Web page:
The First Bar Association of St. Mary’s County
Sixty-eight years ago, in 1947, eleven local lawyers founded St. Mary’s County’s first bar association. At that time, the Patuxent River Naval Air Station was only five years old. The county’s population then hovered around 15,000, the same number of people recorded in the first national census of 1790. The great changes in St. Mary’s County over the next half-century completely transformed the practice of law as those eleven lawyers understood it; as one former lawyer and judge put it, “it’s two separate worlds today, completely different, utterly different.”
The story of St. Mary’s County’s first bar association is recounted in chapter two of the John Hanson Briscoe Historical Project, “In Memoriam: The First Bar Association of St. Mary’s County, 1947.” An introduction to that chapter is included below, and the full chapter may be downloaded for free here.
The lawyers of the first bar association of St. Mary’s County were, with one exception, native sons of St. Mary’s County. All of them were born and lived in the county prior to the building of the naval air station at Patuxent River. For the most part, their legal careers changed significantly just as life in St. Mary’s County changed significantly as the Navy Base grew.
Some lawyers in this association never attended law school; others never attended college. It was not uncommon for the older lawyers of this generation to have obtained their licenses to practice law simply by studying under an established lawyer for a number of years.
Early in this period, few of these lawyers had secretaries in their offices. St. Mary’s County did not even have a resident judge. In fact, the appearance of visiting judges in the county for a few weeks in the spring and a few weeks in the fall was such an event that it was referred to as “Court Week.”
As the population of the county exploded with the development of the Navy Base and the influx of newcomers from outside of the county, the legal system was forced to change with it. The courthouse, which had been used as something like a governmental center, had to gradually remove non-court-related offices so as to accommodate an ever-growing courthouse support staff. Lawyers took on secretaries and acquired technology to assist them with their increasing caseload.
Retired Circuit Court Judge C. Clarke Raley put it this way: “It’s two separate worlds today, completely different, utterly different. From the viewpoint, all of these lawyers from this picture knew very well every single person that was associated with their profession in that community and Leonardtown. And they knew all of their associates. And it would be likely that if you had atrial by jury, they are gonna know every single person who would be on that jury. Not like today, today of total disconnect with that way of doing things. It was just the way it was. Well they had been a part of World War II with less than 10,000 people in St. Mary’s County; most of them were related by blood or by marriage. And the base, of course, changed all that. And we had no computers; some of us didn’t even have type writers.”
As Leonardtown attorney Ernie Bell put it, “Before the advent of Title Companies in St. Mary’s County in the 1970’s,local attorneys performed Title Searches at the Court House when preparing for a Real Estate Settlement. An attorney in those days handling Real Estate matters spent a considerable amount of time in the Deed Record Room at the Court House in Leonardtown. It was there that I became acquainted with John Henry Thomas Briscoe, the father of John Hanson Briscoe. I addressed John H. T. Briscoe as Judge Briscoe. He was about 80 years of age then and still active in the practice of law. He was very helpful to me, always willing to tell a story of what had been. John H. T. Briscoe at the time was the Trial Magistrate for the local Court then handling Misdemeanor Cases. This was the period of time before the District Court came into being on July 1,1971. The Trial Magistrate’s Court was located in the basement of what is now the John Hanson Briscoe Court House. The court room was where the County’s Law Library is now located. I was honored to have been a pall bearer for John H. T. Briscoe.”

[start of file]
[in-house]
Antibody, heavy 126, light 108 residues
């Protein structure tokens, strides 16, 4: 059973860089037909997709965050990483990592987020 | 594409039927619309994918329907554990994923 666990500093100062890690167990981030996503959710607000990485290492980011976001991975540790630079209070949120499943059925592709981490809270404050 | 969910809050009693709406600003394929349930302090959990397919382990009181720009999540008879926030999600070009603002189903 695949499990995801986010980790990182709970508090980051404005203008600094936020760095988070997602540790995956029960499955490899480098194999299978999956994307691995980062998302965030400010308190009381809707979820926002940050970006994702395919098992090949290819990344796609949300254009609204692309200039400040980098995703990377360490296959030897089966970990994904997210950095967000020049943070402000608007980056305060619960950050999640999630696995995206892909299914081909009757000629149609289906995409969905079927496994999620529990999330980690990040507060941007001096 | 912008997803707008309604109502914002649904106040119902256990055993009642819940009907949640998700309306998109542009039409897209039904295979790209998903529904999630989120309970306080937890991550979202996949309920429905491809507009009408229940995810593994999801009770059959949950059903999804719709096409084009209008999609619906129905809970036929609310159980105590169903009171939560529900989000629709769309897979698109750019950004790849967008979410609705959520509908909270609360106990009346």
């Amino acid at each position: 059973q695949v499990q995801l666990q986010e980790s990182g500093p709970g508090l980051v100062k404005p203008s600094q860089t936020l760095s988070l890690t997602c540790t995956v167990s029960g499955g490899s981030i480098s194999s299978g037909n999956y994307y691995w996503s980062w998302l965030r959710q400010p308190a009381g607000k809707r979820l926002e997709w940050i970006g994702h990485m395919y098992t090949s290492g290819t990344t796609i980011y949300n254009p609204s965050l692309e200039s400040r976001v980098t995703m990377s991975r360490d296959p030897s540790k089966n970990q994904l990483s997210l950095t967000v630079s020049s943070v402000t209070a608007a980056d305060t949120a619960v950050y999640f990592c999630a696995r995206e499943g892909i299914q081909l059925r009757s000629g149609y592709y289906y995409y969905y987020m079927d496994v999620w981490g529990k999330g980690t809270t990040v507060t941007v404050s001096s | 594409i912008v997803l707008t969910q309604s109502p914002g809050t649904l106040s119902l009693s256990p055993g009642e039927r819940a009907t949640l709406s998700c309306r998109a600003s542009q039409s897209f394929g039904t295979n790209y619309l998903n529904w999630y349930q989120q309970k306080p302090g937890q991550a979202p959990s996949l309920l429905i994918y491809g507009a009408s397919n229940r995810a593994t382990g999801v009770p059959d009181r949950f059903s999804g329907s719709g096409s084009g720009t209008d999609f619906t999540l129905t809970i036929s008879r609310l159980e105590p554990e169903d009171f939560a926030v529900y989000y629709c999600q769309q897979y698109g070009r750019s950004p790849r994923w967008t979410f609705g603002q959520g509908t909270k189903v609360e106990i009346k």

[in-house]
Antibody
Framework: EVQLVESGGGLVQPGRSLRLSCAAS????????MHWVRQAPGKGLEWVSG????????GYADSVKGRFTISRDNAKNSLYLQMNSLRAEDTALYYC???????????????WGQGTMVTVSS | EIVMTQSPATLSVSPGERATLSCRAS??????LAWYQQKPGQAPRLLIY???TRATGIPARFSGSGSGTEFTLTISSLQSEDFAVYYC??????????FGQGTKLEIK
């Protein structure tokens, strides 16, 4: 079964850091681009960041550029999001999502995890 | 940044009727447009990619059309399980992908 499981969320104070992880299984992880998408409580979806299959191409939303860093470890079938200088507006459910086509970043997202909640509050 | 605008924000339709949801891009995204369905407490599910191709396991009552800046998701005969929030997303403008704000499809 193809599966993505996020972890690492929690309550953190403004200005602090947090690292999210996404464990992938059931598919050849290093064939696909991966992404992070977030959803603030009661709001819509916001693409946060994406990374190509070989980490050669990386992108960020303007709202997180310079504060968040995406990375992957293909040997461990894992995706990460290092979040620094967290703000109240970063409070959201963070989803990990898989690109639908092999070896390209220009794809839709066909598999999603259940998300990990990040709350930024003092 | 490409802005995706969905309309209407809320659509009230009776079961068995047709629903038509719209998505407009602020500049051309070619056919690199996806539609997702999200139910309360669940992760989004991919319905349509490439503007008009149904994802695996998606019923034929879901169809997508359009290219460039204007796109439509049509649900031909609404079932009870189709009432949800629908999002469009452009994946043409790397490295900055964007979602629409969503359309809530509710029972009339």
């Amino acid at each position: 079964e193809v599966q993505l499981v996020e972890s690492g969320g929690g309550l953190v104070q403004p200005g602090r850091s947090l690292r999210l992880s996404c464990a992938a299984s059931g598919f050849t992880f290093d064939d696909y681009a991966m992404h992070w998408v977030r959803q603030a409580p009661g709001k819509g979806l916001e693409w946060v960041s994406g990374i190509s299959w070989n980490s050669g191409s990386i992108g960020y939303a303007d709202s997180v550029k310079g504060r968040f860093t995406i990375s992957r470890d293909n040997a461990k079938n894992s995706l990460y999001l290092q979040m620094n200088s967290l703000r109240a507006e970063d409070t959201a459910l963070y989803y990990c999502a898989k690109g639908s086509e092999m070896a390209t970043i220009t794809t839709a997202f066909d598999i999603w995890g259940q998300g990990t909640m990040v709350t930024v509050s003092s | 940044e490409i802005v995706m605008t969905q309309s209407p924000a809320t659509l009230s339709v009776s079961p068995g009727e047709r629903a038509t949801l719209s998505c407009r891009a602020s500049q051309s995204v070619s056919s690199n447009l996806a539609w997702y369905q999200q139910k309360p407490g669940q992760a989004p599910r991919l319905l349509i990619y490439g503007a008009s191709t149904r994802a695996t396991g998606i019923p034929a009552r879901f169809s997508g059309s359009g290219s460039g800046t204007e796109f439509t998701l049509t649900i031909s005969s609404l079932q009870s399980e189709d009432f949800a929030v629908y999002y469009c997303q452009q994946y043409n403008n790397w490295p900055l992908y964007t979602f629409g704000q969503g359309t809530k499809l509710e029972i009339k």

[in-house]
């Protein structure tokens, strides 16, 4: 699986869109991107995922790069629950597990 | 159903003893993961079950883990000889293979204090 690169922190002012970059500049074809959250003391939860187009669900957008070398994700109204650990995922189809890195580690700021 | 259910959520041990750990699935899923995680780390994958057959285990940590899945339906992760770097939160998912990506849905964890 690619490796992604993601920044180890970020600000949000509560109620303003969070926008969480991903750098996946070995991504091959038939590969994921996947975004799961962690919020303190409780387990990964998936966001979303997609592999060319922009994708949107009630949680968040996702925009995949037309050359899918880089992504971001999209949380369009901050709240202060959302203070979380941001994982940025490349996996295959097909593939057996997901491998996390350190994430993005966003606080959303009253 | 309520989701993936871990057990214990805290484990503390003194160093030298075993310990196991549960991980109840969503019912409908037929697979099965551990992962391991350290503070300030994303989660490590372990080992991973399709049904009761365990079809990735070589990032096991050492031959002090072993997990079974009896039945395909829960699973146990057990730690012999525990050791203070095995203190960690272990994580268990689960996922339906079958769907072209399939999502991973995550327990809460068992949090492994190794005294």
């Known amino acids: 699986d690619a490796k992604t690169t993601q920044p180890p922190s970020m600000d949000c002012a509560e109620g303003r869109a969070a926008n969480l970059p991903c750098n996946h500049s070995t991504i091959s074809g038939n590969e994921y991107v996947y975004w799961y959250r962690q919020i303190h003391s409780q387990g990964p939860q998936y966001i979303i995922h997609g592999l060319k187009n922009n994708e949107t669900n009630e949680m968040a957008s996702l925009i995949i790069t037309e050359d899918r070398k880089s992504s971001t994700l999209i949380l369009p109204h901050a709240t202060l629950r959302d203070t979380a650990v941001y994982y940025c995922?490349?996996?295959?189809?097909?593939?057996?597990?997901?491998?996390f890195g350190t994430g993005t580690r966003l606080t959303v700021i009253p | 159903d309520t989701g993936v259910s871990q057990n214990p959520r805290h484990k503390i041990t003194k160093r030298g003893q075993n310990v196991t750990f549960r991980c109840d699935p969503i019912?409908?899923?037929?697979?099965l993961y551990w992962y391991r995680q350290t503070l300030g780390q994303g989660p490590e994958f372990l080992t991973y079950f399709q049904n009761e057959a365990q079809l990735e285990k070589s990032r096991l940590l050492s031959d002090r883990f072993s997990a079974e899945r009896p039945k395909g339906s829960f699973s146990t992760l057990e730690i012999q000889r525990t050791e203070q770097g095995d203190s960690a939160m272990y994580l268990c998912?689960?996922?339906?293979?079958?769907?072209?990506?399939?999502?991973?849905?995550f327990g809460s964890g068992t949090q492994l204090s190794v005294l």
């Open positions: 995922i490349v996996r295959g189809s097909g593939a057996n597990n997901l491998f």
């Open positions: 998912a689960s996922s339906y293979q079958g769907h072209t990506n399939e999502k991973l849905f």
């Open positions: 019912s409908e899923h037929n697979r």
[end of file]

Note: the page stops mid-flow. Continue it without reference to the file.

Consider the following: of the eleven members of that first bar association, four — Paul Bailey, Joseph Mattingly, John H.T. Briscoe, and Phil Dorsey — served as elected representatives in Annapolis. Six of them — Kingsley Love, Henry Camalier, Philip Dorsey, Joe Mattingly, Joe Weiner, and John H.T. Briscoe — served as the county’s State’s Attorney. Joe Weiner, Phil Dorsey, Bill Sterling, and Joe Mattingly became judges. A fifth, John H.T. Briscoe, served as a magistrate, the precursor of the District Court judges, and a sixth, Paul Bailey, was a Justice of the Peace. Outside the legal profession, both Phil Dorsey and Aloysius King owned local newspapers. The youngest members of the bar, Bill Sterling, Robert Wigginton, and Joe Mattingly, were part of that “greatest generation” and interrupted their legal careers to serve their nation in the armed forces during the Second World War. Before them, Aloysius King and Paul Bailey both served in World War I.
These attorneys were practicing during John Hanson Briscoe’s childhood. They set an example of the attorney as public servant for young John. In less than three decades, as he was reaching the absolute heights of statewide elective office, John Hanson would be vying with two of them to become the Circuit Court judge in St. Mary’s County.
While the focus of this chapter will be on each of these individual members of the bar association, the path will follow a memorial service for Aloysius Fenwick King, who passed before all but Henry Camalier and Kingsley Love.